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CRIT-GEOG-FORUM  September 2011

CRIT-GEOG-FORUM September 2011

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Subject:

Re: photographs in public places in UK

From:

Jonathan Cloke <[log in to unmask]>

Reply-To:

Jonathan Cloke <[log in to unmask]>

Date:

Tue, 6 Sep 2011 16:35:58 +0100

Content-Type:

text/plain

Parts/Attachments:

Parts/Attachments

text/plain (197 lines)

And then there's that thing called the BBC, which is a publicly-owned institution that recklessly takes 'street photos' of the public and wantonly indulges in the use of photography and video in a public place...

A publicly-funded institution taking recordings of the public that own it in a public place that they also own?!

It shouldn't be allowed!!

Dr Jon Cloke
Lecturer/Research Associate
Geography Department
Loughborough University
Loughborough LE11 3TU

Office: 01509 228193
Mob: 07984 813681


Hi David, Tina, and others for comments on this. It useful set of ideas
about using photography video in public space etc

I just point out that some of the great artworks of the 20th c were the
'street photos' of people like Cartier-Bresson. These were often very up
close, intimate and revealing of 'the-person-in-moment'. I assume permission
was not gained before or after those works taken then circulated
(eventually) very widely.

(The same must go for all the photos in a book like Colin Ward's the Child
in the City) (And Parr's work)

David, as an artist, what is you response?

(not saying 'research' and 'art practice' are the same politically and
ethically - but a comparative consideration is of interest)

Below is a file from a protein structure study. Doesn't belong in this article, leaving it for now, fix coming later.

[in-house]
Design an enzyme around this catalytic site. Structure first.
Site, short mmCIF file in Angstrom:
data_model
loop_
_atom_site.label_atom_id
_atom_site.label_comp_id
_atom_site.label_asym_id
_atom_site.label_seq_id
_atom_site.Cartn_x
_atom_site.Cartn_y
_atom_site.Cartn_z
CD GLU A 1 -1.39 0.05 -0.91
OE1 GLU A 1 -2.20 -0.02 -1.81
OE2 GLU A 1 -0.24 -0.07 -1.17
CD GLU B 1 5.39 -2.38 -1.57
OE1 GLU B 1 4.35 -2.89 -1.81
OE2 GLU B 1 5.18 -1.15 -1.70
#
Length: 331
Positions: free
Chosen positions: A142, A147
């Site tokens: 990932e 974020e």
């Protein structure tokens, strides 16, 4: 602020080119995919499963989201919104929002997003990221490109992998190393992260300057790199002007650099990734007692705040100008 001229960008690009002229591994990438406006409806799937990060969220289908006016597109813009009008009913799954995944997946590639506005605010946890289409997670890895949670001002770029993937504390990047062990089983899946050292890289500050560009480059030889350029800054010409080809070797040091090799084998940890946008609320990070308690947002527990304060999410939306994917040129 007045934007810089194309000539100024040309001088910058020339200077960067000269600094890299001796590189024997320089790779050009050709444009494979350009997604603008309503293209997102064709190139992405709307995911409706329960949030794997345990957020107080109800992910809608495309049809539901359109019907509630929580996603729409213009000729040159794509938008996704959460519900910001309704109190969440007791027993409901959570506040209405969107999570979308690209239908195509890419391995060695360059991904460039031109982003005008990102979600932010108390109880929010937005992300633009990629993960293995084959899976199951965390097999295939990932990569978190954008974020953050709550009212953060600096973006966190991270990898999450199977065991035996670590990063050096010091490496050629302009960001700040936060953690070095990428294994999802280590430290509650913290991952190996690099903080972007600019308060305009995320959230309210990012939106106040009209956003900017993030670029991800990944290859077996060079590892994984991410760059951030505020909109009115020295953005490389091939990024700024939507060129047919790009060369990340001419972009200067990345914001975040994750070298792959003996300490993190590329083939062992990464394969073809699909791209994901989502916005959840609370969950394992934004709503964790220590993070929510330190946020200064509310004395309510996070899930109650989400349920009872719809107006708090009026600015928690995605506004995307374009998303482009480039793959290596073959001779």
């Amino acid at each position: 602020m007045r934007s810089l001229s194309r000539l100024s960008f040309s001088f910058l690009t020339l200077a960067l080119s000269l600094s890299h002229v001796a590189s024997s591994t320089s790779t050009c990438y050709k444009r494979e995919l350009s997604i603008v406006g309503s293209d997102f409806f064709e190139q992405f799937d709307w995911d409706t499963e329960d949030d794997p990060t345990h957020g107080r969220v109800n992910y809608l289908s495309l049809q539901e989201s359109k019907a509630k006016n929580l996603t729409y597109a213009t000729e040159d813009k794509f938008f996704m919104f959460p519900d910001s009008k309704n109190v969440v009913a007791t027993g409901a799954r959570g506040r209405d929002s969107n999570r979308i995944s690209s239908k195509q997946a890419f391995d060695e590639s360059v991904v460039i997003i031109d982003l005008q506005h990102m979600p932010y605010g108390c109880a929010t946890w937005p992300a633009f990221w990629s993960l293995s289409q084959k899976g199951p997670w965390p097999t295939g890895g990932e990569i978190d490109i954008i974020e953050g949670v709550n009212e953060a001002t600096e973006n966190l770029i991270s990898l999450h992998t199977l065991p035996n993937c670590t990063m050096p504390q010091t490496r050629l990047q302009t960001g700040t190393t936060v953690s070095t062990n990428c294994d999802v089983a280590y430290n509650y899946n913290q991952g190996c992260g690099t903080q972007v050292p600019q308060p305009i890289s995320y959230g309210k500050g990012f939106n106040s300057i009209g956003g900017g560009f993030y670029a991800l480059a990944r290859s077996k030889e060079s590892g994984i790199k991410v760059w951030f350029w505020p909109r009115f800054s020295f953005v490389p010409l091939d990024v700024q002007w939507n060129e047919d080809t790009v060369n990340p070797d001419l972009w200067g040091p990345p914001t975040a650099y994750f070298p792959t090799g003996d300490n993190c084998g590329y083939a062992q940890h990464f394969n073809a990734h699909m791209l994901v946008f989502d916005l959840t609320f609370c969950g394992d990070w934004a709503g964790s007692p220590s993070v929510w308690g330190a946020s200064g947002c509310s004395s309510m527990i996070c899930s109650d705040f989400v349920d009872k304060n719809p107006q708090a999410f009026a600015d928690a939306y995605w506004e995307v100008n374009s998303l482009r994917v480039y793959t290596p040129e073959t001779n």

cheers

Dr Owain Jones

Senior Research Fellow:  Countryside & Community Research Institute /
Contact Details
Publications: Academia.edu/OwainJones
Chair:  Royal Geographical Society  Research Group on Children Youth and
Families
Associate Editor:  Journal of Children's Geographies
Committee:  Royal Geographical Society  Social and Cultural Geography
Research Group
Associate: Land2
Visiting Fellow: School of Arts and Social Sciences, Northumbria University

Priston Festival


Mobile: 07871 572969


-----Original Message-----
From: A forum for critical and radical geographers
[mailto:[log in to unmask]] On Behalf Of David Crouch
Sent: 06 September 2011 11:03
To: [log in to unmask]
Subject: Re: photographs in public places in UK

Hi
it is funny that discussions like these tend to work around notions of
power, control, `state work/oppression/suppresion`- such is paranoia.

and hardly bother to sense the feelings of individuals, families, etc etc,
who may feel uneasy about being photographed, for a whole raft of reasons.
David

________________________________________
From: A forum for critical and radical geographers
[[log in to unmask]] On Behalf Of Matt Collins
[[log in to unmask]]
Sent: 05 September 2011 16:59
To: [log in to unmask]
Subject: Re: photographs in public places in UK

Hi,

There's a whole host of issues here, of course. To pick out a few...

Informed consent - whilst the vast majority of research works on this
model (imported, seemingly, from the medical sciences), you simply can't
get informed consent from everyone if you're doing research in public
spaces. Indeed, some universities have a clause in their ethics policy
which reflects this (as mine did when I did my PhD), allowing you to do
your research without trying to get informed consent from an entire
city. In light of this, we have to ask ourselves whether or not our
photographs can reasonably be expected to cause "harm" to those people